The Supercomputer At The Heart Of The Power Systems Revival
November 28, 2016 Timothy Prickett Morgan
With both the Supercomputing 2016 conference and Thanksgiving Day behind me, I find myself being thankful that the engineers that helped IBM make the transition from proprietary 48-bit CISC processors to 64-bit PowerPC processors in 1995–yes, that was more than two decades ago–were forward thinking. But as it turns out, there were other technologies, including massive floating point performance and database acceleration, that may in the long run help the entire Power Systems line not only survive, but thrive.
We all know that the PowerPC-AS version of the Power line of chips was the only one of several early attempts at 64-bit processing among Apple, IBM, and Motorola that actually worked out and had reasonably high performance and decent enough volumes to make it a business. The folks in Rochester, Minnesota, right down the road from some of the smartest supercomputer designers in the world, created an elegant and smart 64-bit design that also had a neat feature: a double-pumped floating point math coprocessor, built right into the core. That double-pumped math unit lived on in the Power4 chip that put IBM back in the RISC/Unix and supercomputer games back in 2001, in the wake of the dot-com bust and a global recession, and that math unit lives on, heavily modified mind you, in the current Power8 and future Power9 chips from Big Blue.
Back in September, when IBM updated its Power Systems LC line of Linux-only machines, with a server code-named “Minsky” aimed specifically at high performance computing workloads such as modeling and simulation done at large enterprises and academic and government supercomputing centers, we talked about how IBM need to think outside of the box and bring this very high performance system to bear on IBM i workloads. I explained at the time that IBM needed to make use of this new hybrid supercomputer–that is what it really is, after all–as a means of doing remote visualization for desktops (kind of a modern analog of the 5250 green screen terminal) and in bringing machine learning and database acceleration also under the skins of the “integrated system” that the System/38, AS/400, iSeries, and System i have always been.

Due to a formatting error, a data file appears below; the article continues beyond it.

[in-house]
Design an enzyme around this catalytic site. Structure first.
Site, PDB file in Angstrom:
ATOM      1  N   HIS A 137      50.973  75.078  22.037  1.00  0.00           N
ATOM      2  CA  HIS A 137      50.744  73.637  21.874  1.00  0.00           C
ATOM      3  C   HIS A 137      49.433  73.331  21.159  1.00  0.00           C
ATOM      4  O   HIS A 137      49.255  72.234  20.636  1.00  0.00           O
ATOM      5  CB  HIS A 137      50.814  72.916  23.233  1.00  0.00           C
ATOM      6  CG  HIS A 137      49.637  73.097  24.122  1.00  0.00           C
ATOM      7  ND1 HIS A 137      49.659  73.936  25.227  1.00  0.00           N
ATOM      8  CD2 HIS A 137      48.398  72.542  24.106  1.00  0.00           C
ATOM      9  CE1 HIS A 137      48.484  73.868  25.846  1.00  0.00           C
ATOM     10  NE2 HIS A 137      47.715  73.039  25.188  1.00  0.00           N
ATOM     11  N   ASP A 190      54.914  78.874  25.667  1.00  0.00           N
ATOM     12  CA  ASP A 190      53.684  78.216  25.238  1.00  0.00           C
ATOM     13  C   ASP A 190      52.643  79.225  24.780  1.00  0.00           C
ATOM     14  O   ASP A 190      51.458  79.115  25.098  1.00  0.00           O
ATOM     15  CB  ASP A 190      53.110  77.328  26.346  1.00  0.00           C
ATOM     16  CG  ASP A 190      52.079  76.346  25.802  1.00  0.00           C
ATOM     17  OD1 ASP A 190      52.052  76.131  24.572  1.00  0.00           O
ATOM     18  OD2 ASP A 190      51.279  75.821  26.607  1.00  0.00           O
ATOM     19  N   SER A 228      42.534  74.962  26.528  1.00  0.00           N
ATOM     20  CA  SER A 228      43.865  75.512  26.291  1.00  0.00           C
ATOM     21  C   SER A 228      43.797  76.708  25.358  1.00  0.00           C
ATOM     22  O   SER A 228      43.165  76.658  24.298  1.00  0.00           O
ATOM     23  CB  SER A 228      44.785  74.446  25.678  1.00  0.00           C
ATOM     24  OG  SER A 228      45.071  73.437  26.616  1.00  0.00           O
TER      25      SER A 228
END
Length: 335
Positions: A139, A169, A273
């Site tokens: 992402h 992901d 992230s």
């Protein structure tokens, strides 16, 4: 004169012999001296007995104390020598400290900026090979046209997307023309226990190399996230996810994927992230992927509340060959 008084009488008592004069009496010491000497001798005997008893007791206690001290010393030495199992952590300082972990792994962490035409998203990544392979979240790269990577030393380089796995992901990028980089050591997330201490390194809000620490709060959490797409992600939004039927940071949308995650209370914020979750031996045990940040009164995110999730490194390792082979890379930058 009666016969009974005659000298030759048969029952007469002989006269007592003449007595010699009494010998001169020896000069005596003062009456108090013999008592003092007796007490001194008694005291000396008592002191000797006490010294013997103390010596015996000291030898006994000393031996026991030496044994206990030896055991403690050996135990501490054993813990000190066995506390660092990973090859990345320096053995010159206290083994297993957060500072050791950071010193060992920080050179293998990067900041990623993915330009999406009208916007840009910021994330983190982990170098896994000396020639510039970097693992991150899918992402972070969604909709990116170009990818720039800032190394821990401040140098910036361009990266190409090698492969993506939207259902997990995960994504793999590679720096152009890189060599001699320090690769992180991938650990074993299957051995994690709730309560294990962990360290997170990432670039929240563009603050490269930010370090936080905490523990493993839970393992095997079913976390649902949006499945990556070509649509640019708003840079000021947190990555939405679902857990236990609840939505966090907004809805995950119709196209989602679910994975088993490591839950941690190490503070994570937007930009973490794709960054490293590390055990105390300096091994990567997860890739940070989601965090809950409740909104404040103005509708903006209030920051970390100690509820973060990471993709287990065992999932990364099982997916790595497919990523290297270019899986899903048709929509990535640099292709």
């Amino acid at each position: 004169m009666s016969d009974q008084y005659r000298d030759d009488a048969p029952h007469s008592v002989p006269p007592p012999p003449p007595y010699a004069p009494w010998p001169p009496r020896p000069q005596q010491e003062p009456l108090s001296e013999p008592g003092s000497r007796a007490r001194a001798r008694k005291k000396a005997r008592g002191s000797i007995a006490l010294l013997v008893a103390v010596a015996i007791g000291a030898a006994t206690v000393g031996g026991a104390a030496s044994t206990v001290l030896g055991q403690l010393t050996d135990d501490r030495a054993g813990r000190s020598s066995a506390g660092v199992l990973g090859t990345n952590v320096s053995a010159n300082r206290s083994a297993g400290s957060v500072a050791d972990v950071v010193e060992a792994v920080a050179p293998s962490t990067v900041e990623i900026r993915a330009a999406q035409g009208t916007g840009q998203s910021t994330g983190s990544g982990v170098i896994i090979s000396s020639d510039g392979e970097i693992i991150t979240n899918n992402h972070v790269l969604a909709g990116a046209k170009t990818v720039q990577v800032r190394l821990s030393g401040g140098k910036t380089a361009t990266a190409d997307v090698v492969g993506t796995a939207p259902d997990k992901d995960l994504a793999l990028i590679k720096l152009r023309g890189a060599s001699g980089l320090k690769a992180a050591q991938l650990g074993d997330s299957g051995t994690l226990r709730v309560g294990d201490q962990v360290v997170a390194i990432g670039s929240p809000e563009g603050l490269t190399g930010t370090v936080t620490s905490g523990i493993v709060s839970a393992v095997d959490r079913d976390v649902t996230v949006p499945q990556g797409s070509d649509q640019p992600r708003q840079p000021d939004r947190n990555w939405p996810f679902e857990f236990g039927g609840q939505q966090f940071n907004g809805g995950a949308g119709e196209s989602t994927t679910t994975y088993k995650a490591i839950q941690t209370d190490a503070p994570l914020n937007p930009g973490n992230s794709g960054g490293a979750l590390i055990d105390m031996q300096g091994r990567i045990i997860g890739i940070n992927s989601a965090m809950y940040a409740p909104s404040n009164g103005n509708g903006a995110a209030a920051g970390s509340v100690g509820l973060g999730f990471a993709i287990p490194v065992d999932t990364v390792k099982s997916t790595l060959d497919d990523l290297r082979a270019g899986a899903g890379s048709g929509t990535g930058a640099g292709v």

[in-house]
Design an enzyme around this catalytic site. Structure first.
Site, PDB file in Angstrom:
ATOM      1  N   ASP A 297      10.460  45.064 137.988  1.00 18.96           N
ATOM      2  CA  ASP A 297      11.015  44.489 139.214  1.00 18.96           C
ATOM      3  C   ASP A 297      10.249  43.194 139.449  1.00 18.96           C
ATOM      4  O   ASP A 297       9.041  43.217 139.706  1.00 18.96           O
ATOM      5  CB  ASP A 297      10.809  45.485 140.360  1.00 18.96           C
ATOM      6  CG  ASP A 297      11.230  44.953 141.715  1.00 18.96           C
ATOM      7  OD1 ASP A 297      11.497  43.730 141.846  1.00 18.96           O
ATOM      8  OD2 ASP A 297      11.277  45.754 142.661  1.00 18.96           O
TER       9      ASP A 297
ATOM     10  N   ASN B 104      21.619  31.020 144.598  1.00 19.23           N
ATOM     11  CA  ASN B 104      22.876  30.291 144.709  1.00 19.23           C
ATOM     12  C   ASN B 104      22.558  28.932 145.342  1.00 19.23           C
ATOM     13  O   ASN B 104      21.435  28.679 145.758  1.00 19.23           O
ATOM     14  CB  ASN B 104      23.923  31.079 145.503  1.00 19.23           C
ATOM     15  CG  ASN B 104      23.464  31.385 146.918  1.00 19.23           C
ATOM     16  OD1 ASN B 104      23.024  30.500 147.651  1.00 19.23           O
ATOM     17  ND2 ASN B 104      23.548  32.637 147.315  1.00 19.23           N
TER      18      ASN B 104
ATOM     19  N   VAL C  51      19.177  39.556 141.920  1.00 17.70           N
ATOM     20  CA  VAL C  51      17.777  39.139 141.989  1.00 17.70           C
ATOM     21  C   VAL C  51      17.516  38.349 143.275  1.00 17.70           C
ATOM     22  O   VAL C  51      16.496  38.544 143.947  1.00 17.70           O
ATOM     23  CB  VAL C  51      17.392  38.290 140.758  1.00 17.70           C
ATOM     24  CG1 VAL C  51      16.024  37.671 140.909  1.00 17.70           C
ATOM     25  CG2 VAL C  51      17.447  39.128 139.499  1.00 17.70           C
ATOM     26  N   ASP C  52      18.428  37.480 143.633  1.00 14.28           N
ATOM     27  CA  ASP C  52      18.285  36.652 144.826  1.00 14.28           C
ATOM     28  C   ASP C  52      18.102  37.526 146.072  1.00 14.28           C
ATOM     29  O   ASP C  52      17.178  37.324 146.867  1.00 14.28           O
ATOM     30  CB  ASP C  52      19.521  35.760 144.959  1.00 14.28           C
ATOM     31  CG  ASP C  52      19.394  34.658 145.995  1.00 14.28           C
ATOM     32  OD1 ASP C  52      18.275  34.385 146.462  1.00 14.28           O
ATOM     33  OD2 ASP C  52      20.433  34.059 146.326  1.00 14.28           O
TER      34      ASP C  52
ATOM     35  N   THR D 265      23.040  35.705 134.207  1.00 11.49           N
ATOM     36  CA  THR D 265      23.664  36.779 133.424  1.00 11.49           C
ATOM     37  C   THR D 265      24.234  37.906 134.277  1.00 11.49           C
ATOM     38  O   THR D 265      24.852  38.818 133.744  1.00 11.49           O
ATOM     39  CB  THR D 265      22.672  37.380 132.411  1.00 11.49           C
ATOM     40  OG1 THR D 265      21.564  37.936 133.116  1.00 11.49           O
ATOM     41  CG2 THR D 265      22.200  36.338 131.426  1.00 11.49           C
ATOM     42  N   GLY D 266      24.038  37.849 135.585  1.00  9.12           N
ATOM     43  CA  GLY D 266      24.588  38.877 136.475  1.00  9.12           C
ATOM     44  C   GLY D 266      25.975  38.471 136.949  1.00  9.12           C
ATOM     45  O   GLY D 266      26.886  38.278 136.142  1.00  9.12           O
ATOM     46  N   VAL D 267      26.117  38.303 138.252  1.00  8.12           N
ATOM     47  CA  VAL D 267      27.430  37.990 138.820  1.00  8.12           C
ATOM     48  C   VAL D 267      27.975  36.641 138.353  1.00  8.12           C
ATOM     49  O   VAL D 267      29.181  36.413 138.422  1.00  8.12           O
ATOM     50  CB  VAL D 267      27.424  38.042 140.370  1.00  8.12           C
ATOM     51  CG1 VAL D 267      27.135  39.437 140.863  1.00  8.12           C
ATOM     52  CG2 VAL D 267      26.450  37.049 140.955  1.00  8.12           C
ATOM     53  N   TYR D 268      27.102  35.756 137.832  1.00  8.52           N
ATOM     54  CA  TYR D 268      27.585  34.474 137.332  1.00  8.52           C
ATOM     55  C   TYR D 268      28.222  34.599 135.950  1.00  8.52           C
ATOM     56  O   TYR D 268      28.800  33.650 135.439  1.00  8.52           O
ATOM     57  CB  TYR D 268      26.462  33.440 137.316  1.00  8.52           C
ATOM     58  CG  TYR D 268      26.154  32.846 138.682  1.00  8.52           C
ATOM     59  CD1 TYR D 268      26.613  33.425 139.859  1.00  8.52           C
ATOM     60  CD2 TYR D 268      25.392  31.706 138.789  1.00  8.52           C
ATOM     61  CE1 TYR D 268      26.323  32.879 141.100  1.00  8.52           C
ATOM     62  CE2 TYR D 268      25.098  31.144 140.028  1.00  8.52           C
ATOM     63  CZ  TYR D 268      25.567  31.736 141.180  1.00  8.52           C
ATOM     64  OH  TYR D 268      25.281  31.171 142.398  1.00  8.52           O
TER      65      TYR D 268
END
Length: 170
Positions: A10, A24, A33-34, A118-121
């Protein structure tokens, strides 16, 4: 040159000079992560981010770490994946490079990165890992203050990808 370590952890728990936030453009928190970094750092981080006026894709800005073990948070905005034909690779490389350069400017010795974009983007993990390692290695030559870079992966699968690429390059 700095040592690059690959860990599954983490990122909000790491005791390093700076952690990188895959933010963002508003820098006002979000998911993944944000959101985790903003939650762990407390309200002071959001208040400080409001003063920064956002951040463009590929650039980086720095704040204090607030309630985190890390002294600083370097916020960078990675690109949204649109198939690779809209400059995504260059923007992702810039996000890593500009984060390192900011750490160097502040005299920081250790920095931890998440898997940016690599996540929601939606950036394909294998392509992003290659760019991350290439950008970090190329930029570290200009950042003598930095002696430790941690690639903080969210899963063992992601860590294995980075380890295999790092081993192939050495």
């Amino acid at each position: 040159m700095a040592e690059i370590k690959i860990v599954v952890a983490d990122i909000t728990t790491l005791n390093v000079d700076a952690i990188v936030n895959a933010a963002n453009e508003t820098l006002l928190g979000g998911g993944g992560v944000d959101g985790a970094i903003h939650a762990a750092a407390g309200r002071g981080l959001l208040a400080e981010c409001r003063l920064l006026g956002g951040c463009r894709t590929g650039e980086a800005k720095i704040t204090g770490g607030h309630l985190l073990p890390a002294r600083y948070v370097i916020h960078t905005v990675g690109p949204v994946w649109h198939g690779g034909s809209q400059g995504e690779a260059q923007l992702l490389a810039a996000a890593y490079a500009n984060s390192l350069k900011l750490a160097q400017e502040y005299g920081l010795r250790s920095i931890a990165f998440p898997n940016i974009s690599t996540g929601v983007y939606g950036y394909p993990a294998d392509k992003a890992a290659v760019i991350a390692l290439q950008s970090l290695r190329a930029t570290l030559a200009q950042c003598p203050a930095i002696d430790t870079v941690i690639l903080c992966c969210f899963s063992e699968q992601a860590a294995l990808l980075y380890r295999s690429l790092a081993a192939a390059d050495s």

How is it that IBM i is getting machine learning and database function acceleration by GPUs last instead of first? What happened to IBM Rochester? IBM Austin? Is anybody out there listening? Is this thing on? (Tap, tap, tap. . . .) Once again, I will remind the people that run the IBM Systems group at Big Blue that there are at least 125,000 midrange shops that expect the company to provide an integrated machine learning and VDI system that also runs business and infrastructure applications, all in one fell swoop.
Last week at the SC16 conference, IBM outlined its new PowerAI machine learning platform, which I went into in detail at my other job at The Next Platform. (You can read all about it here.) This Minsky machine, which has a pair of Power8 chips that are coupled to four Nvidia Tesla P100 graphics coprocessors with a total of 21 teraflops of double precision floating point performance for simulation and modeling has 170 teraflops of half-precision floating point power that makes it a very attractive machine on which to train the neural networks that drive machine learning applications these days, which do everything from image recognition to speech translation to recommendation engines. Next year, as I learned at the SC16 conference, IBM will work with Nvidia to fire up a two-socket Power9 system (probably with 48 cores running at near 3 GHz), codenamed “Witherspoon,” with a total of six future “Volta” Tesla V100 coprocessors that will deliver at least 40 teraflops of number-crunching performance at double precision and four times that, or 160 teraflops, at the half precision used for machine learning (and we think 320 teraflops at one-quarter precision that is starting to evolve among the machine learning set).